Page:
Sumatran tigers, found exclusively on the Indonesian island of Sumatra, are on the brink of extinction. By optimistic estimates, perhaps 400 individuals survive. But the exact the number and locations of the island's dwindling tiger population has been up for debate.
Virginia Tech and World Wildlife Fund researchers have found that tigers in central Sumatra live at very low densities, lower than previously believed, according to a study in the April 2013 issue of Oryx -- The International Journal of Conservation.
The findings by Sunarto, who earned his doctorate from Virginia Tech in 2011, and co-researchers Marcella Kelly, an associate professor of wildlife in the College of Natural Resources and Environment, and Erin Poor of East Lansing, Mich., a doctoral student studying wildlife science and geospatial environmental analysis in the college, suggest that high levels of human activity limit the tiger population.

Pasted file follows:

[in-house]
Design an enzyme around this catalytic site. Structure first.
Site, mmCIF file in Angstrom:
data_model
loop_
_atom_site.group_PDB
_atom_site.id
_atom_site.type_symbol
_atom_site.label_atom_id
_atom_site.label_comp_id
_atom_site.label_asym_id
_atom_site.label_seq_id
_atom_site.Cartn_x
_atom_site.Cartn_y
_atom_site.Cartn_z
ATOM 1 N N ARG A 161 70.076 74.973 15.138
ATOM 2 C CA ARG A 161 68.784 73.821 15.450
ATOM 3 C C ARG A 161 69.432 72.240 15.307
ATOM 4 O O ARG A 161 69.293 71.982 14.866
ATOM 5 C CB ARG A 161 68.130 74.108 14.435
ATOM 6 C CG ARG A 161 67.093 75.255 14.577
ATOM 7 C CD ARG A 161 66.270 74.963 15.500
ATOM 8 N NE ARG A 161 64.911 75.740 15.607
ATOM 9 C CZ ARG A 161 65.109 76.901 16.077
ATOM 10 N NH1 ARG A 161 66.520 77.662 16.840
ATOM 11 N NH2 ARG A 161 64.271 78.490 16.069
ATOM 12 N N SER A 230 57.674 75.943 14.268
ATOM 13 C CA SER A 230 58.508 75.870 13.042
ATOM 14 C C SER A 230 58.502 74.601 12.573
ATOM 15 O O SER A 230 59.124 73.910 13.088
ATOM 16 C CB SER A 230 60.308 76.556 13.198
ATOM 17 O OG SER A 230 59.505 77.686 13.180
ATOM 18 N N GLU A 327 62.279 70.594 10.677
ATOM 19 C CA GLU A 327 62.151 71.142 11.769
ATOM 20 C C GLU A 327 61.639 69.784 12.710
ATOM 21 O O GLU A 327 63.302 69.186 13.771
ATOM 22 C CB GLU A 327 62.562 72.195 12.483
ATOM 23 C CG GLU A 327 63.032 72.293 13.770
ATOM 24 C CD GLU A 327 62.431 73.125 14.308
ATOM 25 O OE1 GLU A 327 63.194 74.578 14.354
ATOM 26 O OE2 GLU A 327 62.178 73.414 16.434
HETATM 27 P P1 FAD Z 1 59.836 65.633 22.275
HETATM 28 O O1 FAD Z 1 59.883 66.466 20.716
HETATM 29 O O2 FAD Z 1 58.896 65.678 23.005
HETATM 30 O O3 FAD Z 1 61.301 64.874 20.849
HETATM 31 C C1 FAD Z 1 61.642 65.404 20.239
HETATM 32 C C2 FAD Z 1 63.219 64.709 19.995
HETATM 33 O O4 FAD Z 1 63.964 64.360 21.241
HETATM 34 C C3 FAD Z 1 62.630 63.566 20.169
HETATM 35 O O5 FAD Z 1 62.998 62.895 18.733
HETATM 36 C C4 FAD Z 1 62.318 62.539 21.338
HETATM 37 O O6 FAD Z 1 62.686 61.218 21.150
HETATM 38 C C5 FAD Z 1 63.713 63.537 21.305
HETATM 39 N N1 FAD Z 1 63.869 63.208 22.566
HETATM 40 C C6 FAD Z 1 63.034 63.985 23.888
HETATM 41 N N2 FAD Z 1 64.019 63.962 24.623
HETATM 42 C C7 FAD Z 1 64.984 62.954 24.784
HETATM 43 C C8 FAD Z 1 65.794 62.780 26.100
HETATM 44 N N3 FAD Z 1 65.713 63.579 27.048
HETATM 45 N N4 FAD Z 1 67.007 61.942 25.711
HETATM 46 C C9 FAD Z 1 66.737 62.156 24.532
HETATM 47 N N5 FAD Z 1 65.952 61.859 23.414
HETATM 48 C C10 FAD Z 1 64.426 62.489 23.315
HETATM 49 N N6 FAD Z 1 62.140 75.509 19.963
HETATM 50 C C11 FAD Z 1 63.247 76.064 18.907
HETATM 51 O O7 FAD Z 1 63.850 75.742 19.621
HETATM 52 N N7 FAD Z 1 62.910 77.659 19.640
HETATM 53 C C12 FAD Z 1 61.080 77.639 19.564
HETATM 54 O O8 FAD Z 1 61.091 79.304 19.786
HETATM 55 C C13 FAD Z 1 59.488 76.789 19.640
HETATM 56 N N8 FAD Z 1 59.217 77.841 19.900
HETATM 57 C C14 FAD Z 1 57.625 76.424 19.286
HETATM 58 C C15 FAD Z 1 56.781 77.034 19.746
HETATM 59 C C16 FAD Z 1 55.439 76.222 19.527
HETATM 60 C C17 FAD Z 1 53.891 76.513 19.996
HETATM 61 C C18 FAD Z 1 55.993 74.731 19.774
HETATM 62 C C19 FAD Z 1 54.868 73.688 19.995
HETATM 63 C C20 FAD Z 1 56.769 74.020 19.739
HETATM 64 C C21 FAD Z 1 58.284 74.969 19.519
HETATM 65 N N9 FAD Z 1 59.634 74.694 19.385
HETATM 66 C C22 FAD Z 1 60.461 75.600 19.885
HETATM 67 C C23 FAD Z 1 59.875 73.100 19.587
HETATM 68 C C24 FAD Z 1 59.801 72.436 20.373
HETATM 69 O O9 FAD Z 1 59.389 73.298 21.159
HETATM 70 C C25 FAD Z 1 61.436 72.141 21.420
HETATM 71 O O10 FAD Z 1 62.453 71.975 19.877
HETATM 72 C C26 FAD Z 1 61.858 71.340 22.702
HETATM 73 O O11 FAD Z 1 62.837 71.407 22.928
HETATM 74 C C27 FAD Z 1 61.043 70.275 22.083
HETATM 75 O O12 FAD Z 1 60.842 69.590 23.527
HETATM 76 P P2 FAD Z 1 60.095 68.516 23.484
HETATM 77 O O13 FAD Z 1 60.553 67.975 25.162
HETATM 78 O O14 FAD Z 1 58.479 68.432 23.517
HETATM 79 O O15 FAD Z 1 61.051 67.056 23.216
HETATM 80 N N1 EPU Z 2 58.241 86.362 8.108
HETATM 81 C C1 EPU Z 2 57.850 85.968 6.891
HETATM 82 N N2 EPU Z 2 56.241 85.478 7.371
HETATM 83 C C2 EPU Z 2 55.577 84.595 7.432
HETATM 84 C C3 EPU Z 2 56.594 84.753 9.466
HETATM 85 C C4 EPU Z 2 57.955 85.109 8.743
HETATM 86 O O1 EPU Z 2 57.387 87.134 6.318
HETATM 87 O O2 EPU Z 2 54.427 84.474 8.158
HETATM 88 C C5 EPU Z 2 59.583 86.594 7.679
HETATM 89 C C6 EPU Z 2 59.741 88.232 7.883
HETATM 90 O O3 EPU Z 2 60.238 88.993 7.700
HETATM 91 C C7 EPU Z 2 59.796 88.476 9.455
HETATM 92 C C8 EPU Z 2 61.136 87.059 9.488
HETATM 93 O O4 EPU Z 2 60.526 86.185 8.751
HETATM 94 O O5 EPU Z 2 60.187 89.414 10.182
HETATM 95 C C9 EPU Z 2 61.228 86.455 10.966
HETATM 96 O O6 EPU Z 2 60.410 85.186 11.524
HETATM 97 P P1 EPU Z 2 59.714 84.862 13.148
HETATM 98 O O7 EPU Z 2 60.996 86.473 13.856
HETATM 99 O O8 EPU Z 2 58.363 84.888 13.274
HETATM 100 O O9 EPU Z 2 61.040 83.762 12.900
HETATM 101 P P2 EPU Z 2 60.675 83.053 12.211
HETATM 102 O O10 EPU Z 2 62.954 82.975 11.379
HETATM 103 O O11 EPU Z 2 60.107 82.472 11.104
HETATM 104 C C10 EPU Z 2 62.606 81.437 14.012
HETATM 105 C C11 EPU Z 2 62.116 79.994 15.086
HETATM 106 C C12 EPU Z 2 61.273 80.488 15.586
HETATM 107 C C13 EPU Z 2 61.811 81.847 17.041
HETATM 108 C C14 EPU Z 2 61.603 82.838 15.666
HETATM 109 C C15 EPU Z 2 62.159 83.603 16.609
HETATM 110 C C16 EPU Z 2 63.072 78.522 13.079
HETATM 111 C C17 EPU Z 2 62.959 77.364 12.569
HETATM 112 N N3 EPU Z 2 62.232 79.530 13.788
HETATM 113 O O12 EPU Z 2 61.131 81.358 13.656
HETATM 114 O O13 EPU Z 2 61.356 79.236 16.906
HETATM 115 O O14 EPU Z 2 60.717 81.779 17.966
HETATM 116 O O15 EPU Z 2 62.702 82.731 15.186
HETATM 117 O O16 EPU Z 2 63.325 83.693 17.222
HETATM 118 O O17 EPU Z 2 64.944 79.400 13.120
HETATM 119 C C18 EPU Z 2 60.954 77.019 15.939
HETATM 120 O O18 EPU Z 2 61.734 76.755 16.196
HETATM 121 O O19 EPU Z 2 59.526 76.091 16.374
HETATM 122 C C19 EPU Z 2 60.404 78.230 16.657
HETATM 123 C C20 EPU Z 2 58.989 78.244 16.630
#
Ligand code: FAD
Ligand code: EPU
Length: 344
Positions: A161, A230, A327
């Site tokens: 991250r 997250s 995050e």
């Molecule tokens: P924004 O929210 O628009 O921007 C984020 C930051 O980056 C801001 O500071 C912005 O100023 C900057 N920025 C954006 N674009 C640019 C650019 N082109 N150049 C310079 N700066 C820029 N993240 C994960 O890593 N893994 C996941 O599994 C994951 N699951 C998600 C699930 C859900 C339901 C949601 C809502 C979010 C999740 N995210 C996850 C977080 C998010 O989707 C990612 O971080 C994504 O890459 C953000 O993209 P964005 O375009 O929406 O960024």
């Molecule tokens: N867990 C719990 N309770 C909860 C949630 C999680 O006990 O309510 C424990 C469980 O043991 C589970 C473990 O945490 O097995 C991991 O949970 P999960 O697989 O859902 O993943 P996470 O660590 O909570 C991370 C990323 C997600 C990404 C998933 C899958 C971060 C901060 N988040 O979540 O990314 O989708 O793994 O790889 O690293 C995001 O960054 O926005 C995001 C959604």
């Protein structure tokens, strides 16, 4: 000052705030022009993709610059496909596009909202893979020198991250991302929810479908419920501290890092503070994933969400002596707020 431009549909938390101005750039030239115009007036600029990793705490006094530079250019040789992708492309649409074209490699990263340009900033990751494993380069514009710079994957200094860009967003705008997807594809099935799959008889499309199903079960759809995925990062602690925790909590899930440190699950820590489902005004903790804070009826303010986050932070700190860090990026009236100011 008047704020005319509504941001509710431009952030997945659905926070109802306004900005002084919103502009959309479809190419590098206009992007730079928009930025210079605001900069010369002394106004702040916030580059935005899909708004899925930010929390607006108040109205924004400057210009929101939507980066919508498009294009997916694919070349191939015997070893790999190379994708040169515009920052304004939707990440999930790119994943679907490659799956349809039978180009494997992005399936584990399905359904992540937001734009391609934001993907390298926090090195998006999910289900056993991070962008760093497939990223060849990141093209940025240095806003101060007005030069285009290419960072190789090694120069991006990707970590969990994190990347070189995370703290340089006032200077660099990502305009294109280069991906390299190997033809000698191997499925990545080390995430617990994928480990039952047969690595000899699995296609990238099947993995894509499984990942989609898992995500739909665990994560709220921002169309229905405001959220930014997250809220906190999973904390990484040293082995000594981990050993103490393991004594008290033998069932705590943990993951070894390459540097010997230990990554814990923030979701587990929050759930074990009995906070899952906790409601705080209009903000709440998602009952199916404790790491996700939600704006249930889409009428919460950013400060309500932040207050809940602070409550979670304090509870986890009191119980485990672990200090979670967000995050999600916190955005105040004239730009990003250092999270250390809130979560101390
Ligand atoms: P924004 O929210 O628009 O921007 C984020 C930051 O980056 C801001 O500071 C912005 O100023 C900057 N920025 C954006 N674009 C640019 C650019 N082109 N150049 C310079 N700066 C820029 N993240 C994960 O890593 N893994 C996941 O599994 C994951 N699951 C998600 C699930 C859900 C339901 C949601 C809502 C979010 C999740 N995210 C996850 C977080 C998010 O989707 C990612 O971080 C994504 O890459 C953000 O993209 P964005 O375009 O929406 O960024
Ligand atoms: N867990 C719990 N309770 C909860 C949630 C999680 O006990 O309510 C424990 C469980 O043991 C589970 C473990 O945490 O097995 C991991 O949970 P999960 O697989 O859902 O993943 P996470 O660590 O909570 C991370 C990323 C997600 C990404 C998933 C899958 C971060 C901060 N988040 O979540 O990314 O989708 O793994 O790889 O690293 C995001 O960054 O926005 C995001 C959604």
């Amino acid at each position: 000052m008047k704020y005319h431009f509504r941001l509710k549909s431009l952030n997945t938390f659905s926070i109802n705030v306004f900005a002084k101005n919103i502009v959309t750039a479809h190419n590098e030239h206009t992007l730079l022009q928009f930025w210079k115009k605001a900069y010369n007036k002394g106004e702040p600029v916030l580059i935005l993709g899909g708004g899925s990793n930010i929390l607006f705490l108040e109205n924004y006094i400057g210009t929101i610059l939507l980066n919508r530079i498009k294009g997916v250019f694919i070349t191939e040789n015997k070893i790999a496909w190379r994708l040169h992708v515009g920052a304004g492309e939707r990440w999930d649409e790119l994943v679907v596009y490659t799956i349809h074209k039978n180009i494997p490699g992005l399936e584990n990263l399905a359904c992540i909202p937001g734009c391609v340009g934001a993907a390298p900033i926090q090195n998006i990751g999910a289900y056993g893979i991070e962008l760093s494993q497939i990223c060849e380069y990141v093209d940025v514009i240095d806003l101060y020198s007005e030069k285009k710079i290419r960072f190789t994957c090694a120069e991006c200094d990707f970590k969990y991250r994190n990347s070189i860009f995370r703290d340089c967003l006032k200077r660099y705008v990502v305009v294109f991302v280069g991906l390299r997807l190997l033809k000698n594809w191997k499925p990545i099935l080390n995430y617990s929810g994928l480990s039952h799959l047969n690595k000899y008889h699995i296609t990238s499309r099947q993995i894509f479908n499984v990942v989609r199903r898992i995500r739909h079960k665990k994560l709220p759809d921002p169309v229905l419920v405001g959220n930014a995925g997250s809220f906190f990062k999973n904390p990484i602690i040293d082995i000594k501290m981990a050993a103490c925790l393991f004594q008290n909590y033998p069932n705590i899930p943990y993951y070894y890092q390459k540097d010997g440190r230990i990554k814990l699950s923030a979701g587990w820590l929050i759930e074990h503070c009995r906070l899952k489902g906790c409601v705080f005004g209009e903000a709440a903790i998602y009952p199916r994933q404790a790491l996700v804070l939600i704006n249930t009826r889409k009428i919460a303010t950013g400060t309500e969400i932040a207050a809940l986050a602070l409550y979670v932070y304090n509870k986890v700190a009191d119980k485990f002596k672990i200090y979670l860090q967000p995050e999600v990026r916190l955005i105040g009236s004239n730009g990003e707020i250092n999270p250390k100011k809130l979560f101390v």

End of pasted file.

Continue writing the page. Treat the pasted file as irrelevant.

Researchers studied areas and habitat types not previously surveyed, which could inform interventions needed to save the tiger.
"Tigers are not only threatened by habitat loss from deforestation and poaching; they are also very sensitive to human disturbance," said Sunarto, a native of Indonesia, where people typically have one name. "They cannot survive in areas without adequate understory, but they are also threatened in seemingly suitable forests when there is too much human activity." More....